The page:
• arm fracture;
  • biomechanics;
  • bone density;
  • childhood obesity;
  • stochastic computer simulation

Objective:  To determine the role of the biomechanical factors of force of impact, bone strength, fall height and surface stiffness on the risk of forearm fracture in obese children compared to non-obese children.

Methodology:  Anthropometric and dual-energy X-ray absorptiometry bone density data from 50 boys (25 obese pair-matched with 25 non-obese subjects) aged 4−17 years were entered into a rheological-stochastic simulation model of arm impact.

Results:  Obese children were shown to be at 1.7 times greater risk of fracture compared to non-obese children. Lower fall heights and softer impact surfaces were found not to reduce the relative risk of fracture between obese and non-obese children.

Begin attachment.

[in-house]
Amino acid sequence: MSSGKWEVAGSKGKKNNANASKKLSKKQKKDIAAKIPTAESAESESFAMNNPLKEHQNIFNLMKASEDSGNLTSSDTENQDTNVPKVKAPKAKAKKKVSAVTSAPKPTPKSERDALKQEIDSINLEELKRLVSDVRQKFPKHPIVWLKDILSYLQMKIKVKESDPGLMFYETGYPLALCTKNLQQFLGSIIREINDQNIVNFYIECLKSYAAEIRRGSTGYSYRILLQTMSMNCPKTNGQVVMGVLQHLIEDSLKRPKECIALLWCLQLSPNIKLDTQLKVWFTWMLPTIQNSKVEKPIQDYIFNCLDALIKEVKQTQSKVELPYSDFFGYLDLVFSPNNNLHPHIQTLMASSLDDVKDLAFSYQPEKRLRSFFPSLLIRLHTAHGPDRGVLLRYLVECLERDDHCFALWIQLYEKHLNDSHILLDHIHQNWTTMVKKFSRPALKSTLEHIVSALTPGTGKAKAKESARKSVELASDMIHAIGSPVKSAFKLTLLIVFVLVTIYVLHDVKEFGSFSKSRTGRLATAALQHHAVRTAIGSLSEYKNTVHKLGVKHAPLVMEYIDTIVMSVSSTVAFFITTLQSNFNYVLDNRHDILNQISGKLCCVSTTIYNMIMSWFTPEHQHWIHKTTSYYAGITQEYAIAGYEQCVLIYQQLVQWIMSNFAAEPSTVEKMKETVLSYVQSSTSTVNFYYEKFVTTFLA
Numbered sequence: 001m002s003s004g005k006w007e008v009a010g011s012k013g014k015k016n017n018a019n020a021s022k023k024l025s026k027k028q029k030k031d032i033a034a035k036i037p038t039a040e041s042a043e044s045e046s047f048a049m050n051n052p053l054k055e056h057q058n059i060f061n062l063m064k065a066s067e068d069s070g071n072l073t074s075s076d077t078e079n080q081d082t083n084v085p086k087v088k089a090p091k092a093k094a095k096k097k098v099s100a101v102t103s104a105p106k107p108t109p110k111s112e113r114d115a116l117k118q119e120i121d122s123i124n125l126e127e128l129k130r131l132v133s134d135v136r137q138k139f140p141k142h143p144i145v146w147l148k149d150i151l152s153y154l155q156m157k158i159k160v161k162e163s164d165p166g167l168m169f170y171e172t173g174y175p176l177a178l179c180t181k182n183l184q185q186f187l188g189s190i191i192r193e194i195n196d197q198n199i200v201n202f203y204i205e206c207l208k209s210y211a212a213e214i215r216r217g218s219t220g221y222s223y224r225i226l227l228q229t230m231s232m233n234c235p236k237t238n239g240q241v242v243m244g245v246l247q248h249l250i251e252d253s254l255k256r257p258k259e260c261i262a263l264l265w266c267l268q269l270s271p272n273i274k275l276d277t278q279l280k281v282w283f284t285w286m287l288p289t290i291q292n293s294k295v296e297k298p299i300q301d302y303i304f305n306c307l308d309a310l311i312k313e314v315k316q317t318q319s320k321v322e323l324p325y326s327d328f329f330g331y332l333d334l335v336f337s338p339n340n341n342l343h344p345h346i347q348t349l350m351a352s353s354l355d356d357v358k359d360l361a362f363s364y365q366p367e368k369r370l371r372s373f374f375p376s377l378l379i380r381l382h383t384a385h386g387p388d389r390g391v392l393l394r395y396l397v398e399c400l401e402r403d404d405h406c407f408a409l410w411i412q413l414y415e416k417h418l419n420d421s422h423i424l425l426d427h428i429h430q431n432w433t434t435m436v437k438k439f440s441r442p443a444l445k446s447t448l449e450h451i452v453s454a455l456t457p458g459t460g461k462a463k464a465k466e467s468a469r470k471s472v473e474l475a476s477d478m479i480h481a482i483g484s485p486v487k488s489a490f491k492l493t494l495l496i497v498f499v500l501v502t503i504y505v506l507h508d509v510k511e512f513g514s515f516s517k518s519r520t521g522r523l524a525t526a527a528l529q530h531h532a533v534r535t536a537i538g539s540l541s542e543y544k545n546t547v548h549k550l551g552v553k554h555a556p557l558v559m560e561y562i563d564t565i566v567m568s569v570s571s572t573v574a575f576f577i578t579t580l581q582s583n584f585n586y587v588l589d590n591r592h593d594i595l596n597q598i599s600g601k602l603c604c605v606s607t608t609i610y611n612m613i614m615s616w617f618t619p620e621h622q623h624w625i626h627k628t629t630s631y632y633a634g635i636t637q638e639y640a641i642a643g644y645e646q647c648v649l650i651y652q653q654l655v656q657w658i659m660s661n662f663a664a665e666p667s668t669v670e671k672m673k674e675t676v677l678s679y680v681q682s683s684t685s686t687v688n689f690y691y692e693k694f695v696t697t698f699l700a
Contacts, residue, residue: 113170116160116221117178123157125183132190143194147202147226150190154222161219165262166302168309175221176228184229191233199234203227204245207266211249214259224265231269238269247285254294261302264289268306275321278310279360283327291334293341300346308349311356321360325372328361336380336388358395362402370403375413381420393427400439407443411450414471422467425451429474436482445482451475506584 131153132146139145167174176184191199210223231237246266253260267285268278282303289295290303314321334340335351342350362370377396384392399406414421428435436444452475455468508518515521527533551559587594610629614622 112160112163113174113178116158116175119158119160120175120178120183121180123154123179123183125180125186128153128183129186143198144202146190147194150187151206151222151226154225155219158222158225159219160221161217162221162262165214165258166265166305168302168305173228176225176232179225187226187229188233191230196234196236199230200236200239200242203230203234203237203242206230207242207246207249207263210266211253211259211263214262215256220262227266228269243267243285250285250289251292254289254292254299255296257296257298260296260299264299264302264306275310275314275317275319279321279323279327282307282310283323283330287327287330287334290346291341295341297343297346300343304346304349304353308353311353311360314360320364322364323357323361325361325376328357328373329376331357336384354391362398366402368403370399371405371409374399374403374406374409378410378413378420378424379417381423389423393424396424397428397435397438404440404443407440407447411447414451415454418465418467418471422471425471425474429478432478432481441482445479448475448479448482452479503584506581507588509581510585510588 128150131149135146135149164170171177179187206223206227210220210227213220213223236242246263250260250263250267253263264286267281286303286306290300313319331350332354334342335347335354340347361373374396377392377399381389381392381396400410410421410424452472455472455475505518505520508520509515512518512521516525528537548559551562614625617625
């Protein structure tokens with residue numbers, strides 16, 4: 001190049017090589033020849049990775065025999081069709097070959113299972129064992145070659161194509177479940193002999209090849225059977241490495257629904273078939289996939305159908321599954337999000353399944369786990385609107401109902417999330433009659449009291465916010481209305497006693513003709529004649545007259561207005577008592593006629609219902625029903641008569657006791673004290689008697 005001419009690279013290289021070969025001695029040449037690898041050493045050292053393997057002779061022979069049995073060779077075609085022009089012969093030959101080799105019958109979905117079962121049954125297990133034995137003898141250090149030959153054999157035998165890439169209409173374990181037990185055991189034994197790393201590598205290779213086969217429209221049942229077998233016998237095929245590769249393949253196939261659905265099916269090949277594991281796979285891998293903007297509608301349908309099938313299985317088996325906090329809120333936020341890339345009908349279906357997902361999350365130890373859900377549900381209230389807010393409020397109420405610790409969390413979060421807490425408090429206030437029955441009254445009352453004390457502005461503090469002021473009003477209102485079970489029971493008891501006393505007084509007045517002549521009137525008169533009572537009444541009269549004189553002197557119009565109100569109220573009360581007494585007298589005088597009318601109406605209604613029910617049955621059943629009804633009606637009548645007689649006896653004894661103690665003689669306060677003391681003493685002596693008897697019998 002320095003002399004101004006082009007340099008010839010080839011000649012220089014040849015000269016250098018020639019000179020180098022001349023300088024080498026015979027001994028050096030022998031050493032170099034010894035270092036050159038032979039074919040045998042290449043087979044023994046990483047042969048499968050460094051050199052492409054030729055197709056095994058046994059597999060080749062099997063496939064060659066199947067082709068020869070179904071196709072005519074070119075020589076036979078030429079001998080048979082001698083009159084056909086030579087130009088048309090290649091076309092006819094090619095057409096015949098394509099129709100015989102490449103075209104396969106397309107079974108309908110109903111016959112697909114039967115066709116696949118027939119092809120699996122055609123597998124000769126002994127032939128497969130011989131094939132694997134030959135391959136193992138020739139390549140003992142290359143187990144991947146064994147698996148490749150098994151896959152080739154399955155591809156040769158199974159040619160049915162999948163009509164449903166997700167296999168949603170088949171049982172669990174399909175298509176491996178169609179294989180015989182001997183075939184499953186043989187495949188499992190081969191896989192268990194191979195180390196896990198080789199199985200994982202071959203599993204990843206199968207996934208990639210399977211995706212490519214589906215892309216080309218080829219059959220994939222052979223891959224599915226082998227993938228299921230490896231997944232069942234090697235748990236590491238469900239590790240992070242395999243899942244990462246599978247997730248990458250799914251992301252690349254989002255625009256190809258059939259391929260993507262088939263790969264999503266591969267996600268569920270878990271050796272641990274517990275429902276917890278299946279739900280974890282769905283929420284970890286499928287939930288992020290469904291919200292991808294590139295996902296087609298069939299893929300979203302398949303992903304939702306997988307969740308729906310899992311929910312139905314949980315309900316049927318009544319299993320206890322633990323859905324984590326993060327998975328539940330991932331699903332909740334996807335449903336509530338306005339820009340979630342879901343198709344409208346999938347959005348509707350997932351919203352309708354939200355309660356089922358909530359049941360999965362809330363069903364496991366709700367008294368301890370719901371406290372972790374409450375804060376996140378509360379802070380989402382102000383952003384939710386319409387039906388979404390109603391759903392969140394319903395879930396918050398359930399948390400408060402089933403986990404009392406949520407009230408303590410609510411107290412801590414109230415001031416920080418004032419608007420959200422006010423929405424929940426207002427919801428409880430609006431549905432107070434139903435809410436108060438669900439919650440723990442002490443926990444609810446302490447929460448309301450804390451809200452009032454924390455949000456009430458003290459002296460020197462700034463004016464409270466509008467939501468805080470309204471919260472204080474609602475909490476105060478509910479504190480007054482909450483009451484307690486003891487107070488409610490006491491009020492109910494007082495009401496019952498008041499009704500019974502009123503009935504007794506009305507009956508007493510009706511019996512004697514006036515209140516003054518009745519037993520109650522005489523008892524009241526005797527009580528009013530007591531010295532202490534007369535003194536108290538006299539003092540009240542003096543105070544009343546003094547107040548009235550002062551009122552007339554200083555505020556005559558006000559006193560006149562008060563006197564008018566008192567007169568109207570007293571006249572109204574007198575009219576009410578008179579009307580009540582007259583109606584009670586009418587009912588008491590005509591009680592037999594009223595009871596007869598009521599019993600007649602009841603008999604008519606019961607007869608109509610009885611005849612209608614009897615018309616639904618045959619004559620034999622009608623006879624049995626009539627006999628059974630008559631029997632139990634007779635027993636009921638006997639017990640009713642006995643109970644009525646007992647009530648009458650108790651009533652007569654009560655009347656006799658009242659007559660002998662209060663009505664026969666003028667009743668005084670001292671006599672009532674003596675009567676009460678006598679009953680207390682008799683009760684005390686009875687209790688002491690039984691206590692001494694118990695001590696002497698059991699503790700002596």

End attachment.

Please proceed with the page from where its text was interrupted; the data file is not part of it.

Conclusions:  Environmental modifications are unlikely to lower the risk of arm fracture in obese children to the same levels experienced by non-obese children. The best option available for obese children to reduce fracture risk is to take steps to attain a healthy bodyweight.